That it was addressed, in the first instance, to Gentile readers, is beyond doubt. This is no more, as Davidson remarks [Introduction to the New Testament, p. 186], than was to have been expected from the companion of an "apostle of the Gentiles," who had witnessed marvellous changes in the condition of many heathens by the reception of the Gospel. But the explanations in his Gospel of things known to every Jew, and which could only be intended for Gentile readers, make this quite plain—see Lu 1:26; 4:31; 8:26; 21:37; 22:1; 24:13. A number of other minute particulars, both of things inserted and of things omitted, confirm the conclusion that it was Gentiles whom this Evangelist had in the first instance in view.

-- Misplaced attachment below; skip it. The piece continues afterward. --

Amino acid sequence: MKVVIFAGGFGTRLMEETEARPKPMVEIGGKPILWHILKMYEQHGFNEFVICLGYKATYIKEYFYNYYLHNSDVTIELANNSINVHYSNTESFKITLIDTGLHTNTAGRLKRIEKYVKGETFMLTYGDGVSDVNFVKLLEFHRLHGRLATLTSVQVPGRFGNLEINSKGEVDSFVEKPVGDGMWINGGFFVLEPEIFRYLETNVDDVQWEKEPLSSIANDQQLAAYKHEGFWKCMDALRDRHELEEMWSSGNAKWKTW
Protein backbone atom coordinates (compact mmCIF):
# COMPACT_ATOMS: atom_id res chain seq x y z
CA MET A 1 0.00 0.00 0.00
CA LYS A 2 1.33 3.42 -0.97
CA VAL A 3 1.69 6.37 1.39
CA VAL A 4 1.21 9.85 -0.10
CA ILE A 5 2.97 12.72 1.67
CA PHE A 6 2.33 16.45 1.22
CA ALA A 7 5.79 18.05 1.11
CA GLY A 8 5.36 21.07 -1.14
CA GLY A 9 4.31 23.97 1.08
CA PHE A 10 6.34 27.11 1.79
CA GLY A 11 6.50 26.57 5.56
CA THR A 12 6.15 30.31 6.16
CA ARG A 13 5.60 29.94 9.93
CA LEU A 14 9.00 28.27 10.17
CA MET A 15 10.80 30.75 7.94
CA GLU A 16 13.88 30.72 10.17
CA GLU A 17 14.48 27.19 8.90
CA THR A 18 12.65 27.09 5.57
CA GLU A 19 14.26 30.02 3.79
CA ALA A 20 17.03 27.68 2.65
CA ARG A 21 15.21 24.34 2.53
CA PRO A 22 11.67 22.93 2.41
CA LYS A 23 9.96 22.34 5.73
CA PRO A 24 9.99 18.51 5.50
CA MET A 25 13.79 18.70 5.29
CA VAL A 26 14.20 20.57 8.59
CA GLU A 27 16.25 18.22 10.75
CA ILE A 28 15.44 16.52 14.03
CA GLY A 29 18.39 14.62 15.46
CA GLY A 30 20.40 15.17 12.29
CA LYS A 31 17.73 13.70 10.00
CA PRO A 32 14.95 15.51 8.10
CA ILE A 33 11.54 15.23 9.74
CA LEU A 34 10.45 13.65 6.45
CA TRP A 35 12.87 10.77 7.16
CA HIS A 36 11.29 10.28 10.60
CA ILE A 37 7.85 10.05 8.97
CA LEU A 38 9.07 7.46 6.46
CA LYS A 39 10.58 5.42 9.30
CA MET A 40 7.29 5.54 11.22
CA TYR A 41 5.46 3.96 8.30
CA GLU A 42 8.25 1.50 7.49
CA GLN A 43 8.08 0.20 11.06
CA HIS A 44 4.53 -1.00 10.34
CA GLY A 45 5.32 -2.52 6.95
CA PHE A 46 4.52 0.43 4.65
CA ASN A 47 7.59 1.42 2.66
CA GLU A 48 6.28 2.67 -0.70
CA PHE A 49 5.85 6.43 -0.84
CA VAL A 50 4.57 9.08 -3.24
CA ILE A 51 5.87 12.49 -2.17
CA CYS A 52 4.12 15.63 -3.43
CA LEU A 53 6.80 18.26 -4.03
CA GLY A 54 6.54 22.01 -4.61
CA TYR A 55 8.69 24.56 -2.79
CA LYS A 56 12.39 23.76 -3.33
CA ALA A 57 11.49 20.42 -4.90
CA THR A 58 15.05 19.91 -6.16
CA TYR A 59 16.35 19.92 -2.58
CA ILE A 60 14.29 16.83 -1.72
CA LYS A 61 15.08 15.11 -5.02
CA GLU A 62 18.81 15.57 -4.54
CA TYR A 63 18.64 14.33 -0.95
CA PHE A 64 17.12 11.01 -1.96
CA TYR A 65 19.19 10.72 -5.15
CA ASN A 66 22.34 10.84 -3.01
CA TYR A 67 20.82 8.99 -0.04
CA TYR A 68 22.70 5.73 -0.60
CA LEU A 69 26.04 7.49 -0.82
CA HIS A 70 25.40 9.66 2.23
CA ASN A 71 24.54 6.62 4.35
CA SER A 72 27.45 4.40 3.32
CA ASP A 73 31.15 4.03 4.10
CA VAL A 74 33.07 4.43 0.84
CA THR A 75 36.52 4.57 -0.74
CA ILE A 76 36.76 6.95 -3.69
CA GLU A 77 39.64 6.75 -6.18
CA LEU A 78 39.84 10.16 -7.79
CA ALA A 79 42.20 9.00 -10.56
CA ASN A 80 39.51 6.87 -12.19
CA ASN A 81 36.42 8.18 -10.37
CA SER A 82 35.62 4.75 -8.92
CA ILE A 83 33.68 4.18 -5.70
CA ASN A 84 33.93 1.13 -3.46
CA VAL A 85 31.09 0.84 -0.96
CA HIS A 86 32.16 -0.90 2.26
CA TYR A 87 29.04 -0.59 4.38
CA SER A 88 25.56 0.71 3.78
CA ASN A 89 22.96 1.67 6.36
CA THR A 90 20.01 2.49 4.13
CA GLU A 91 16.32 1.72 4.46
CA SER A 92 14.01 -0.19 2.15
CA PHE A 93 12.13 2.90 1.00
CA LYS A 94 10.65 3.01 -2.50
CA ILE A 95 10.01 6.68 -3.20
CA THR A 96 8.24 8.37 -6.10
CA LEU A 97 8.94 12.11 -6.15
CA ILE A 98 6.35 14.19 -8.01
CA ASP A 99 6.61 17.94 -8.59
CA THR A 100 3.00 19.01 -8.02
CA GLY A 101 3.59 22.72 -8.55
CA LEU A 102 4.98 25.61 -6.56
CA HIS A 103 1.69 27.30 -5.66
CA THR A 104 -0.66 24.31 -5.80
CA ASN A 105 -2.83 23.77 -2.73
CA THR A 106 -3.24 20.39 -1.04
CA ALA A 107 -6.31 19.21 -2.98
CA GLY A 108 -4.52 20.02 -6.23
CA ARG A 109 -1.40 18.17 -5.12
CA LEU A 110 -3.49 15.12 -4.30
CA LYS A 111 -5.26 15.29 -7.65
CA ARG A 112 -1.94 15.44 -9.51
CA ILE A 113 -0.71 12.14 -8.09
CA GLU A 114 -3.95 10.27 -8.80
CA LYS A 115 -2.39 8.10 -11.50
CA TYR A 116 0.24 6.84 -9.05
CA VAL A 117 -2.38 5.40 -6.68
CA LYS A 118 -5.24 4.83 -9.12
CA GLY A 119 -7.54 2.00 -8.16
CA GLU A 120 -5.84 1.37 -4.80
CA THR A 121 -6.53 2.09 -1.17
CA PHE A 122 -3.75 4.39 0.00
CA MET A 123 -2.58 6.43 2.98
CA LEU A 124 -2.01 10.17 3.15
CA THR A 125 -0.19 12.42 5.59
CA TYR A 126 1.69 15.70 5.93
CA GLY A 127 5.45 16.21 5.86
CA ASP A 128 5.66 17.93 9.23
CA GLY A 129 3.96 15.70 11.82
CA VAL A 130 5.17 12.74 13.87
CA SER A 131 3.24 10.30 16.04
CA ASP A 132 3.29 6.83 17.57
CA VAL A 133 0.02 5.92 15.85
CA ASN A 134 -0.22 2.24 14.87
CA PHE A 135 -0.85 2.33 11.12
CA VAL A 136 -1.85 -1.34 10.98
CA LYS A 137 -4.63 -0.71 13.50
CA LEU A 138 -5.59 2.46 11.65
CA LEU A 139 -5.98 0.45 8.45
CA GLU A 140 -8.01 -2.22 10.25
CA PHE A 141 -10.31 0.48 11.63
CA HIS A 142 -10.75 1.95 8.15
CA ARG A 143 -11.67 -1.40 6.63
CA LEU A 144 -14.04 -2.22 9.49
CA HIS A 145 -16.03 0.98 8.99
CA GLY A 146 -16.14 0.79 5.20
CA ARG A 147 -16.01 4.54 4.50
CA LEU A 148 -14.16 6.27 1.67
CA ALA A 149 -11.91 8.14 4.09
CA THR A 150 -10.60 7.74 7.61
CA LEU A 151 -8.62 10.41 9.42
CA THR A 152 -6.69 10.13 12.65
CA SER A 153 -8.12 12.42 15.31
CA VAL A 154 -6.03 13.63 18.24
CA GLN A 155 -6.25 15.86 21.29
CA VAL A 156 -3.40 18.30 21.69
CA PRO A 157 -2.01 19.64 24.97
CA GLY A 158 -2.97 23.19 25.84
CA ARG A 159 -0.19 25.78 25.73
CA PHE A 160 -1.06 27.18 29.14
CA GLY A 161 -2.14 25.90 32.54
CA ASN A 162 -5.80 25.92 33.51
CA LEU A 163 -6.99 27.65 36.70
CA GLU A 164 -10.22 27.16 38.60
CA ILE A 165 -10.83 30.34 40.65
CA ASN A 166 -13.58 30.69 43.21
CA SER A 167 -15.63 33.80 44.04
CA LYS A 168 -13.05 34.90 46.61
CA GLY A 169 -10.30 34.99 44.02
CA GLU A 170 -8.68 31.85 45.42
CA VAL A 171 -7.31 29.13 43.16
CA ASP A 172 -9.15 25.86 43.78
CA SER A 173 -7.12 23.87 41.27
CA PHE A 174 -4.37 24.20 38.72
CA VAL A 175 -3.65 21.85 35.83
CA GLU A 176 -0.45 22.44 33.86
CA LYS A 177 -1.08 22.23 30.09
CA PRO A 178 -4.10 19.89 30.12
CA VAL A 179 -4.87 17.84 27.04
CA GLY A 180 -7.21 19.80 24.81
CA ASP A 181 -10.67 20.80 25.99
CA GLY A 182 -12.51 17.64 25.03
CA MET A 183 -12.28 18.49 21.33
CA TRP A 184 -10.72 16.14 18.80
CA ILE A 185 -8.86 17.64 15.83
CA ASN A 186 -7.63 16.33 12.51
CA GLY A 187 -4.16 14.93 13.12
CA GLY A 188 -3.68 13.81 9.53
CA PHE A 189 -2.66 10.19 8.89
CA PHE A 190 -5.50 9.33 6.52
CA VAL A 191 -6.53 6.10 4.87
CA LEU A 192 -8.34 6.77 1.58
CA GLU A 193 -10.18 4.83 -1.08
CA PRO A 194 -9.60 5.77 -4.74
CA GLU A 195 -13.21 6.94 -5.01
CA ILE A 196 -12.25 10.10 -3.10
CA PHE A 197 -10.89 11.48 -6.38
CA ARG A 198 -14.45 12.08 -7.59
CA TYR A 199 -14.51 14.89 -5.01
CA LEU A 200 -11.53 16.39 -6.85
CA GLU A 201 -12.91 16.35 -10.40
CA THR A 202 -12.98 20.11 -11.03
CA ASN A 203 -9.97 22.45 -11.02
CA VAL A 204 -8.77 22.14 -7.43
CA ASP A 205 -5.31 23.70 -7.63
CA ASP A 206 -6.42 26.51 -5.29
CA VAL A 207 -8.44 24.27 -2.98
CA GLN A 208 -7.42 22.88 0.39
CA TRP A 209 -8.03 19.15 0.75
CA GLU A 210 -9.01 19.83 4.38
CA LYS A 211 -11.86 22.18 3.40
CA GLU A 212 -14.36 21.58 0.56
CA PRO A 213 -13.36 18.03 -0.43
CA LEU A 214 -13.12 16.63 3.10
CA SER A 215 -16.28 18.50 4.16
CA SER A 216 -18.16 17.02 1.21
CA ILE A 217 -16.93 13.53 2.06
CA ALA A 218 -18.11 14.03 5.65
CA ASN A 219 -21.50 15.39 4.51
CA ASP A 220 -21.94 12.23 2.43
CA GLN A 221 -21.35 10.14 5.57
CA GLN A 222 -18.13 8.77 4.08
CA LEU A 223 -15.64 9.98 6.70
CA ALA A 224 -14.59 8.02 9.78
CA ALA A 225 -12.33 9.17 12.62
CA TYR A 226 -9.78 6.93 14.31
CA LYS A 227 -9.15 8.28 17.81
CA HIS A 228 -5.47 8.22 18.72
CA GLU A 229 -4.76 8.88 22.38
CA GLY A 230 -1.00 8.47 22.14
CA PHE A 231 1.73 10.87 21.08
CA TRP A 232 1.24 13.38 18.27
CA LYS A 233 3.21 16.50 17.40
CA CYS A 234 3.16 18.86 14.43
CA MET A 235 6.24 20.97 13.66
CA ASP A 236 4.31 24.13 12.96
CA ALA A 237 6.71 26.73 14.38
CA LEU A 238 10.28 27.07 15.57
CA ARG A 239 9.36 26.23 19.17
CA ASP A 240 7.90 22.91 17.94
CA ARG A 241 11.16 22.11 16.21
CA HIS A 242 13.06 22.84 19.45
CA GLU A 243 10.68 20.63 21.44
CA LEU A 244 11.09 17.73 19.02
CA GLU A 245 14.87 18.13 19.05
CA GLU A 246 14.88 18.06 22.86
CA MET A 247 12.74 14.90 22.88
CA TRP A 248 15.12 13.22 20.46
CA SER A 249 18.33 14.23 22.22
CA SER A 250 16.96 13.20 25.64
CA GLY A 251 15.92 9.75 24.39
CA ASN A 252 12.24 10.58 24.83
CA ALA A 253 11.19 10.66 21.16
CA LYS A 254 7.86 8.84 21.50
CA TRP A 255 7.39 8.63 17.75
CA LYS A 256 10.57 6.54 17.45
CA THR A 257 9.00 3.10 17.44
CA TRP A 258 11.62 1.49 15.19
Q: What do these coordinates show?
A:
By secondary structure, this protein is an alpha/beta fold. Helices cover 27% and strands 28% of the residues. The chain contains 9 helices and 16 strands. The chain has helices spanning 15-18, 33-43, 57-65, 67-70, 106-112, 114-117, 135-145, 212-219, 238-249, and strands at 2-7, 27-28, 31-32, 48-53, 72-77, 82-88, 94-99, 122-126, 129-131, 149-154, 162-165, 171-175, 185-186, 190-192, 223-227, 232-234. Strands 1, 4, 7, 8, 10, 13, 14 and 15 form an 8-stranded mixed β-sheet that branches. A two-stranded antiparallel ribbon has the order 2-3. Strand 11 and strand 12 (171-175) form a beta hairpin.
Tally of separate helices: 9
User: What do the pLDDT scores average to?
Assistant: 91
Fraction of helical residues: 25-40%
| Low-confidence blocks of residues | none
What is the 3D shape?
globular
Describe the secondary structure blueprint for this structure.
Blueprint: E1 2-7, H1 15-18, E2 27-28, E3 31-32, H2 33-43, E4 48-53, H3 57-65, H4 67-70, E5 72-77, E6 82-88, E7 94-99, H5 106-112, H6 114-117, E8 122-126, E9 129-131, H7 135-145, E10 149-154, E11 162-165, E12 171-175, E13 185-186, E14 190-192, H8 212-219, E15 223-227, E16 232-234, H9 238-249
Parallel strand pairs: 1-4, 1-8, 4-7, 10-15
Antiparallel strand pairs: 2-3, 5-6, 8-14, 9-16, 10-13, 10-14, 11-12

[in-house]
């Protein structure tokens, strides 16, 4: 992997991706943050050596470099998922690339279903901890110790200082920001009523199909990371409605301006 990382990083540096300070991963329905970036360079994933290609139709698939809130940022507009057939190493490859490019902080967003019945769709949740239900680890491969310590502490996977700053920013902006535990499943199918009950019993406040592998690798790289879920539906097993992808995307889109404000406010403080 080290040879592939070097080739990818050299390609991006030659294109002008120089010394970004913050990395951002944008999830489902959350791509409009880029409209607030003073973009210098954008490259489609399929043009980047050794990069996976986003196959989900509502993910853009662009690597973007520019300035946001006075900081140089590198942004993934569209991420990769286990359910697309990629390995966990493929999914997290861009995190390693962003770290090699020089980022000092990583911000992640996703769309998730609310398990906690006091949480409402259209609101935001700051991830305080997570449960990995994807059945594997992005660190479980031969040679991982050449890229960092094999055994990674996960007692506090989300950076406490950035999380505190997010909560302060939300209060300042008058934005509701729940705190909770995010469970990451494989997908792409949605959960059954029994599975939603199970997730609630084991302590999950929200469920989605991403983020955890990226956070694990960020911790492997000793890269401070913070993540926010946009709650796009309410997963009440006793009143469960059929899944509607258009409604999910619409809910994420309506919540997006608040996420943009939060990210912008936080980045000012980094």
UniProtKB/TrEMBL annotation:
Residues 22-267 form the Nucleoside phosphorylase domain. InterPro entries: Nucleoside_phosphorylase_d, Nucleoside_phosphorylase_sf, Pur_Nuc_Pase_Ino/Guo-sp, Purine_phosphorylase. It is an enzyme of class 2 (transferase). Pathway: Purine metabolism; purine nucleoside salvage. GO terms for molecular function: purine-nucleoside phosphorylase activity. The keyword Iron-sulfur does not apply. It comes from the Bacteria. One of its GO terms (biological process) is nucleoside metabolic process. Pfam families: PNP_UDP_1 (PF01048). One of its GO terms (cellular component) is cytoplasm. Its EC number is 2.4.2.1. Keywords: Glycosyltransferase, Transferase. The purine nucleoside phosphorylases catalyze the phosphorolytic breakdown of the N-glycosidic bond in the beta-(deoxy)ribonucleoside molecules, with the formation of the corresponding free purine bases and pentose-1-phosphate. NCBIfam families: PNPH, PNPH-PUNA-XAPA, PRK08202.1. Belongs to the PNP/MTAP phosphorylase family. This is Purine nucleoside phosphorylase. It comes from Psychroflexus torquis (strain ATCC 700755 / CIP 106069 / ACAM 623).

We have already adverted to the classical style of Greek which this Evangelist writes—just what might have been expected from an educated Greek and travelled physician. But we have also observed that along with this he shows a wonderful flexibility of style, so much so, that when he comes to relate transactions wholly Jewish, where the speakers and actors and incidents are all Jewish, he writes in such Jewish Greek as one would do who had never been out of Palestine or mixed with any but Jews. In Da Costa's'S Four Witnesses will be found some traces of "the beloved physician" in this Gospel. But far more striking and important are the traces in it of his intimate connection with the apostle of the Gentiles. That one who was so long and so constantly in the society of that master mind has in such a work as this shown no traces of that connection, no stamp of that mind, is hardly to be believed. Writers of Introductions seem not to see it, and take no notice of it. But those who look into the interior of it will soon discover evidences enough in it of a Pauline cast of mind. Referring for a number of details to Da Costa, we notice here only two examples: In 1Co 11:23, Paul ascribes to an express revelation from Christ Himself the account of the Institution of the Lord's Supper which he there gives. Now, if we find this account differing in small yet striking particulars from the accounts given by Matthew and Mark, but agreeing to the letter with Luke's account, it can hardly admit of a doubt that the one had it from the other; and in that case, of course, it was Luke that had it from Paul. Now Matthew and Mark both say of the Cup, "This is my blood of the New Testament"; while Paul and Luke say, in identical terms, "This cup is the New Testament in My blood" (1Co 11:25; Lu 22:20). Further, Luke says, "Likewise also the cup after supper, saying," &c.; while Paul says, "After the same manner He took the cup when He had supped, saying," &c.; whereas neither Matthew nor Mark mention that this was after supper. But still more striking is another point of coincidence in this case. Matthew and Mark both say of the Bread merely this: "Take, eat; this is My body" (Mt 26:26; Mr 14:22); whereas Paul says, "Take, eat, this is My body, which is broken for you" (1Co 11:24), and Luke, "This is My body, which is given for you" (Lu 22:19). And while Paul adds the precious clause, "This do in remembrance of Me," Luke does the same, in identical terms. How can one who reflects on this resist the conviction of a Pauline stamp in this Gospel? The other proof of this to which we ask the reader's attention is in the fact that Paul, in enumerating the parties by whom Christ was seen after His resurrection, begins, singularly enough, with Peter—"And that He rose again the third day according to the Scriptures and that He was seen of Cephas, then of the Twelve" (1Co 15:4, 5)—coupled with the remarkable fact, that Luke is the only one of the Evangelists who mentions that Christ appeared to Peter at all. When the disciples had returned from Emmaus to tell their brethren how the Lord had appeared to them in the way, and how He had made Himself known to them in the breaking of bread, they were met, as Luke relates, ere they had time to utter a word, with this wonderful piece of news, "The Lord is risen indeed, and hath appeared to Simon" (Lu 24:34).